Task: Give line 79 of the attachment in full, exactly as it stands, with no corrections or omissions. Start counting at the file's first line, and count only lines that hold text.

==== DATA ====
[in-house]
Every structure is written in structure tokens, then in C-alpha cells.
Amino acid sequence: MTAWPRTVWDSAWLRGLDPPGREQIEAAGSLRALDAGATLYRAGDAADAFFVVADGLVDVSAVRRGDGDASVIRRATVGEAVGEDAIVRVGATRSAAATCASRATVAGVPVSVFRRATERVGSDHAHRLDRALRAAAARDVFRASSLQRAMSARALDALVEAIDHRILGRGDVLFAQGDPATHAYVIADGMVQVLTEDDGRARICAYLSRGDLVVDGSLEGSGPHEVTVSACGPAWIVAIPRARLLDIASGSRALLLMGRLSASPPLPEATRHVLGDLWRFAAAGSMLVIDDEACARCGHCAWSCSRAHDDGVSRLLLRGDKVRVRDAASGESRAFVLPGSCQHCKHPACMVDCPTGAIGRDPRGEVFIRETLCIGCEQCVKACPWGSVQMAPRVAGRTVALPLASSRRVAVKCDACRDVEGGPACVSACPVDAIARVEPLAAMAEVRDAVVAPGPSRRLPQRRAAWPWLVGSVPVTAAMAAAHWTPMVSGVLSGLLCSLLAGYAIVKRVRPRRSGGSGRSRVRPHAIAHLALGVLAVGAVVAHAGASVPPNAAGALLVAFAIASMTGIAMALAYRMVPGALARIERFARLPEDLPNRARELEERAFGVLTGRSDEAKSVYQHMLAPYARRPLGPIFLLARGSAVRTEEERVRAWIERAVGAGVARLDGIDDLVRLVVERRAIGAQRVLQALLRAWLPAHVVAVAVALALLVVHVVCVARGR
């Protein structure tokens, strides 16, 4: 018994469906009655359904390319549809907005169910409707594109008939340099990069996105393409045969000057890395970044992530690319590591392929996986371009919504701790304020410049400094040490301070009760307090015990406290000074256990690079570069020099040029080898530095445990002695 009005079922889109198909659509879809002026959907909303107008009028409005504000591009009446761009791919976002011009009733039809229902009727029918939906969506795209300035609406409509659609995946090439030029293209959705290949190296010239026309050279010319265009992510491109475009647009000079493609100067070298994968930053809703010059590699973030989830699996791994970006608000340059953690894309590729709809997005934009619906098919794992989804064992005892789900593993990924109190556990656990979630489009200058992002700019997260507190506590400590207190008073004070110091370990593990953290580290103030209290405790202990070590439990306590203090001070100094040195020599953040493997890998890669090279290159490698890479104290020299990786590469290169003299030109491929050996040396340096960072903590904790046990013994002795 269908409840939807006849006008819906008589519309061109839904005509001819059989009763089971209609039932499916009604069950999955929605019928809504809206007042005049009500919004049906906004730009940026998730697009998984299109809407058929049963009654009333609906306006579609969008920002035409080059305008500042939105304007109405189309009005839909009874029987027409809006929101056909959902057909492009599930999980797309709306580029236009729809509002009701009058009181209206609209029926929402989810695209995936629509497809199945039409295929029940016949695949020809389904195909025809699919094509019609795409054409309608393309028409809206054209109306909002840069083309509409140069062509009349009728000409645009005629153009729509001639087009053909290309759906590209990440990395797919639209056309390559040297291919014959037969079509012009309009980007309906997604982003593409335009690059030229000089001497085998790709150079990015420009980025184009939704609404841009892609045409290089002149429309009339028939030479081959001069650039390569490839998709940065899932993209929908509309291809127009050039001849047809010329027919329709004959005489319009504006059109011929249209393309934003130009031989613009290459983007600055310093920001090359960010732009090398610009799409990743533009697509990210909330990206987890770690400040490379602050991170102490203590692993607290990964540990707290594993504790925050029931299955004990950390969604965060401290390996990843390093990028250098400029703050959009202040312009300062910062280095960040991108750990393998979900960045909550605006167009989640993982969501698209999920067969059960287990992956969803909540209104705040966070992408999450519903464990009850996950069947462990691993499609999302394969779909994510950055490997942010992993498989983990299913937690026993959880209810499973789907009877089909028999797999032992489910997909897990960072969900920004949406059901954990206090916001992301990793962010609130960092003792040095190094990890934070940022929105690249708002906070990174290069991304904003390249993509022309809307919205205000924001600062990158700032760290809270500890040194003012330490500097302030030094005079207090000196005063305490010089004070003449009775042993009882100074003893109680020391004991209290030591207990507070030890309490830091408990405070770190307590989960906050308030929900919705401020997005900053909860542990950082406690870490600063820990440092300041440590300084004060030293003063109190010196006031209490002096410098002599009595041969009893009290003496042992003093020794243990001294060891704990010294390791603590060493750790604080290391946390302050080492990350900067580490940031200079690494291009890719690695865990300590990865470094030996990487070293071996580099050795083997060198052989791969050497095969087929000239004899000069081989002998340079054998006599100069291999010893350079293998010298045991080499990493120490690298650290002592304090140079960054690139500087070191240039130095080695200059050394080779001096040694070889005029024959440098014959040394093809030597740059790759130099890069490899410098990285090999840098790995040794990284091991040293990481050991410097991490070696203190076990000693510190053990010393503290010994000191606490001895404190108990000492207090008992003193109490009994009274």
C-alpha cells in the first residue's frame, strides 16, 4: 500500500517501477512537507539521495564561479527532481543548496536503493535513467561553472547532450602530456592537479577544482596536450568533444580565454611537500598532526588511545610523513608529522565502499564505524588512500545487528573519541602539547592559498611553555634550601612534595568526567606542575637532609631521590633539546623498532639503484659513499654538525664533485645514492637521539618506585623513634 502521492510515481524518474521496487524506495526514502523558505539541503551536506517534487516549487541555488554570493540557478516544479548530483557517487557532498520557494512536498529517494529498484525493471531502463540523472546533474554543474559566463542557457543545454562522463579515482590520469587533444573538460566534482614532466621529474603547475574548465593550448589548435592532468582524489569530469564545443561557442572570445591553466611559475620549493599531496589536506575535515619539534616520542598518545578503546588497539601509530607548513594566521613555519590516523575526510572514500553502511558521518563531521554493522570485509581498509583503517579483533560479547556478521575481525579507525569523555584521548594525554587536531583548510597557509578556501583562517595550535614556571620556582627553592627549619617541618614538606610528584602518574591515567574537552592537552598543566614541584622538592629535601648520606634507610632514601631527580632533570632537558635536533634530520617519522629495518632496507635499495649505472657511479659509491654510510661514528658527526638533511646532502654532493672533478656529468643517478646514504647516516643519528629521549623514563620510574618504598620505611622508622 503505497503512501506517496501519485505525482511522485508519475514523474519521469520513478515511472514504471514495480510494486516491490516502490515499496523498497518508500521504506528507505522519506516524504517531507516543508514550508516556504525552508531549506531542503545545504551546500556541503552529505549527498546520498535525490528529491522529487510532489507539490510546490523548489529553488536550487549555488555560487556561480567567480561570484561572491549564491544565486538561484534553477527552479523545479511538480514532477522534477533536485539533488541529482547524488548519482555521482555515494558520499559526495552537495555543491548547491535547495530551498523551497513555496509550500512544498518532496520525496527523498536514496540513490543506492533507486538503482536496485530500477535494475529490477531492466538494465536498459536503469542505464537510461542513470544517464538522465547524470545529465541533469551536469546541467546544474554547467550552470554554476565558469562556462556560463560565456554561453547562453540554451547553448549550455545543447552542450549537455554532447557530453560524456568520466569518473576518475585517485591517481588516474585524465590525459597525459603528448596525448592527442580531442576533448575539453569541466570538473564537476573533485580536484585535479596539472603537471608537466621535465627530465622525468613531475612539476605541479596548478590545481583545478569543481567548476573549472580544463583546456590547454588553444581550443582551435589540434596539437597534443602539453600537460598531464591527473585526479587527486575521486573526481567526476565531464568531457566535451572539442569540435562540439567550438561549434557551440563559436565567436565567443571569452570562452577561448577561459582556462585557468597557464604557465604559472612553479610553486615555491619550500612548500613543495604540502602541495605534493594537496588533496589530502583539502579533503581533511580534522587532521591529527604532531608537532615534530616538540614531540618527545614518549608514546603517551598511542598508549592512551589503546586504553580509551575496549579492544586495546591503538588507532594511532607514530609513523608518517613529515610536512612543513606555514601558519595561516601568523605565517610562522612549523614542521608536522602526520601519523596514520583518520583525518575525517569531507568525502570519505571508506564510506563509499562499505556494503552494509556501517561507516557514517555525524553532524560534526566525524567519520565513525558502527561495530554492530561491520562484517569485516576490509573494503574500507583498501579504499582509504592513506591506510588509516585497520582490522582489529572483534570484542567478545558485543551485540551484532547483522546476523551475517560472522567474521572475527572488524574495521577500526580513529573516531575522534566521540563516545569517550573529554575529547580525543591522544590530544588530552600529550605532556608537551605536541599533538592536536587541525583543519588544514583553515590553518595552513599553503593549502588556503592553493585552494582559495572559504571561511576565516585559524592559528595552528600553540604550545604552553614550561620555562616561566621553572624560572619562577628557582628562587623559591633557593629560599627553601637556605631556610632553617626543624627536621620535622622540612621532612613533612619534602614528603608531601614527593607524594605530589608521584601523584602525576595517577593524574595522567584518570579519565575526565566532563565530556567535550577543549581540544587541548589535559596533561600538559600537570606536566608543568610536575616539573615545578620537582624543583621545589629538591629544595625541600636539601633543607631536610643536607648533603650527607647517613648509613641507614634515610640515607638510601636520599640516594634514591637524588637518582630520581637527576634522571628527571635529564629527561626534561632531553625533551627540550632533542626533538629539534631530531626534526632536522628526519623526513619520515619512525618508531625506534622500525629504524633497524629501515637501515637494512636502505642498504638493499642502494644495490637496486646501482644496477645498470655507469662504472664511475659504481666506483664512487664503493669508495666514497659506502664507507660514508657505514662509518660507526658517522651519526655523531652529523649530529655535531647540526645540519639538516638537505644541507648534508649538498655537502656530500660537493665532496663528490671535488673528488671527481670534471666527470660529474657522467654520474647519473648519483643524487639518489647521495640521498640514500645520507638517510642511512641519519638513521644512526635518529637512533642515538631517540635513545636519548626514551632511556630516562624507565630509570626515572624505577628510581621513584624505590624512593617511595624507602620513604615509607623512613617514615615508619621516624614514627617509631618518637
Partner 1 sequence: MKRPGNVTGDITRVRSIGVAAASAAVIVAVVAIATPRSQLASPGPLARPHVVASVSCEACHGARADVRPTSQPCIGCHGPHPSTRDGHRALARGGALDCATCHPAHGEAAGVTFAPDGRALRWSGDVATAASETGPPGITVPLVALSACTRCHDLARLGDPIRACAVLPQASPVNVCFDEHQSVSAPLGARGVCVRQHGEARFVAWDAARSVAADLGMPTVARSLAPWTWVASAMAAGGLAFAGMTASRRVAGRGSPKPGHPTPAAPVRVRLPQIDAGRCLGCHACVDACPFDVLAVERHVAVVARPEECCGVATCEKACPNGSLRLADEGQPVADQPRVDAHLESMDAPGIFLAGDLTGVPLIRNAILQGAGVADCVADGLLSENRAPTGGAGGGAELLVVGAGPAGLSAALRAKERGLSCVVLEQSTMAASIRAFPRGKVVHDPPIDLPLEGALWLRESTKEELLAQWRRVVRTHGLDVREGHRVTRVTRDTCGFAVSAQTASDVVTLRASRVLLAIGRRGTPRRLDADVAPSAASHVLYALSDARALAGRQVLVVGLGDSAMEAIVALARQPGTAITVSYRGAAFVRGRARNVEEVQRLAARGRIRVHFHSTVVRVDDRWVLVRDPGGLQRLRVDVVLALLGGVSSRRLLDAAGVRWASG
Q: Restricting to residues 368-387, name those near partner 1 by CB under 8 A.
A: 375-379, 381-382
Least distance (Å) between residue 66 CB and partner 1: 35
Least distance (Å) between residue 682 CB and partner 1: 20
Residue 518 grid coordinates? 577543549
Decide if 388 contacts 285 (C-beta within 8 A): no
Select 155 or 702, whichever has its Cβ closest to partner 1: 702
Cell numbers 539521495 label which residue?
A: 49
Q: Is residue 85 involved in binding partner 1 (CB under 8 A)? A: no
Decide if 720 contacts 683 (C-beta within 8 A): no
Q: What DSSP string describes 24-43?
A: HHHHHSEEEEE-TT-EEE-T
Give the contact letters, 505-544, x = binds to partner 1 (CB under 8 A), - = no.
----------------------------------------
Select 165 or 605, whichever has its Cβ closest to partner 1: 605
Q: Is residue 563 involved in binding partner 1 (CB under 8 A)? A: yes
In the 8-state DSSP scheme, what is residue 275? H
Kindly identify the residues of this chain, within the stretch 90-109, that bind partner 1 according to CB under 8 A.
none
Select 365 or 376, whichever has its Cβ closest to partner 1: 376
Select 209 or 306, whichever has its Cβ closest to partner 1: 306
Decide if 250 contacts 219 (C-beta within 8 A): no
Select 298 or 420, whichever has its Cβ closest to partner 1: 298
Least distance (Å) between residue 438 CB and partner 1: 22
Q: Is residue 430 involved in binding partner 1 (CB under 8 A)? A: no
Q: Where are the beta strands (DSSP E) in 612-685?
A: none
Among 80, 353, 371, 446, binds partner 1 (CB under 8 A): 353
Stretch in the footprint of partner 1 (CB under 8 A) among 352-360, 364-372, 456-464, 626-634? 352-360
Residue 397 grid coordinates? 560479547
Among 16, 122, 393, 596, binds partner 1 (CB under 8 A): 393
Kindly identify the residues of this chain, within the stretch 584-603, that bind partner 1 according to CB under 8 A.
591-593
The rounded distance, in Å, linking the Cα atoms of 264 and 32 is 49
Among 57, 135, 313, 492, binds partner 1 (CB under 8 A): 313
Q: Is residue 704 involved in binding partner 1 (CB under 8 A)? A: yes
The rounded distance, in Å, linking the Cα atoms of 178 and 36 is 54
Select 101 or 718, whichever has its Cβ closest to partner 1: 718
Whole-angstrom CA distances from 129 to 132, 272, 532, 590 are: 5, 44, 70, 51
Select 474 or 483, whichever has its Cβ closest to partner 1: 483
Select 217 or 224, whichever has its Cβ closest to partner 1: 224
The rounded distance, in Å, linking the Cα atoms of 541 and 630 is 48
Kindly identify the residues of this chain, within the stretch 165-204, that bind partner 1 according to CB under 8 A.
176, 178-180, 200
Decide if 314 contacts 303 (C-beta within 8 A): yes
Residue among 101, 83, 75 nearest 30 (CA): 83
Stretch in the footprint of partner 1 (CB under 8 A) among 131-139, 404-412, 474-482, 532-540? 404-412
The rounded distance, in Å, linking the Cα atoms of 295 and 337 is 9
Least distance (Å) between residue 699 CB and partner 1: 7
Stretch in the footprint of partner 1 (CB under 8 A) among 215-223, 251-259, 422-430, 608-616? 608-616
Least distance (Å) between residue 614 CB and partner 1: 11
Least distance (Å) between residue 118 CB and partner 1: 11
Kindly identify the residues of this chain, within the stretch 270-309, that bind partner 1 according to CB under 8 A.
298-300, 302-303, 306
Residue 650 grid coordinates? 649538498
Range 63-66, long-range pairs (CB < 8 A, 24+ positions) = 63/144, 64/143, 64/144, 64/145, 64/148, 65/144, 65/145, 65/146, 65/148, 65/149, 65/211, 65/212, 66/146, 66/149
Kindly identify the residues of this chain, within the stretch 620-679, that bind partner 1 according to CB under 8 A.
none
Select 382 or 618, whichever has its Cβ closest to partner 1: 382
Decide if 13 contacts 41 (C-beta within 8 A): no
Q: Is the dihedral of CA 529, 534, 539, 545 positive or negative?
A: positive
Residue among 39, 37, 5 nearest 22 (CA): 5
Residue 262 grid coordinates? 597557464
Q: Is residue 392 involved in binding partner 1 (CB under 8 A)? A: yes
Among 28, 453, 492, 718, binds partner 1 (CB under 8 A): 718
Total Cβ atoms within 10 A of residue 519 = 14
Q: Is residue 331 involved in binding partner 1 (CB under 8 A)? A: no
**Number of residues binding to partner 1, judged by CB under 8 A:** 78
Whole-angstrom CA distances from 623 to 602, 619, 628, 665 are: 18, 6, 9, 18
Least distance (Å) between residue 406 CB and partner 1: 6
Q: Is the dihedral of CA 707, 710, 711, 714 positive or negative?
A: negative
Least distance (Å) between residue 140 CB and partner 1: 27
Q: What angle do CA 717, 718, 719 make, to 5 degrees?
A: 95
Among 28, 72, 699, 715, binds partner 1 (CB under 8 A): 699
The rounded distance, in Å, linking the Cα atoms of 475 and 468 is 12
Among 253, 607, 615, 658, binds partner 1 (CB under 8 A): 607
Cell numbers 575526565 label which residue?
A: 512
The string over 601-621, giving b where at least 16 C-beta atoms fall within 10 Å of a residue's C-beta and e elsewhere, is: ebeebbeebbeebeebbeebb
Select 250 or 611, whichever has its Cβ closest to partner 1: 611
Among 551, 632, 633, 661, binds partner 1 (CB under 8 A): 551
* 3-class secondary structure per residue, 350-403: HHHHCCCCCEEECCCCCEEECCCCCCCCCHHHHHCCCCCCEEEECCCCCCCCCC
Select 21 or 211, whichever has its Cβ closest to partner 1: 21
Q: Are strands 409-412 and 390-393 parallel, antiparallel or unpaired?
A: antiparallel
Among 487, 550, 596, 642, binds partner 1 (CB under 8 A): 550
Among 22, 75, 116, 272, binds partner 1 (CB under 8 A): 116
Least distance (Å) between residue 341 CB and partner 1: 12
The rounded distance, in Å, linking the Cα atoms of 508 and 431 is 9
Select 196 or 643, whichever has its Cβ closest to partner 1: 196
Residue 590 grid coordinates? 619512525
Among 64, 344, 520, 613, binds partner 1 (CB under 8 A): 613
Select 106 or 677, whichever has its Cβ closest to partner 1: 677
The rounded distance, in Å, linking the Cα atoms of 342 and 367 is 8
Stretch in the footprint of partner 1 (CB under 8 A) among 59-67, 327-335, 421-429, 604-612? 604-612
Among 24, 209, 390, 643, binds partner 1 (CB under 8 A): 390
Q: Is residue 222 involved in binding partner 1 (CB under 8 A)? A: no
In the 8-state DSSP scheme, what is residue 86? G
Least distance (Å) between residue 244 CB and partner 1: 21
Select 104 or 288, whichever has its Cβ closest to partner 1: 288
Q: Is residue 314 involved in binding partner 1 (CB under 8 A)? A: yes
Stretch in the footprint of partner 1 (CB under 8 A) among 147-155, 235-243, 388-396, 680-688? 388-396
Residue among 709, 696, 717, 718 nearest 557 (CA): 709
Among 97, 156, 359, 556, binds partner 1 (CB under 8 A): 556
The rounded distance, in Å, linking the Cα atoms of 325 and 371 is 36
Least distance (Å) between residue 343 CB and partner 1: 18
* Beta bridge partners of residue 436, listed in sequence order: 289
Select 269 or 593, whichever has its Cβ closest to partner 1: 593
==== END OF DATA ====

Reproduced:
Q: Is the dihedral of CA 707, 710, 711, 714 positive or negative?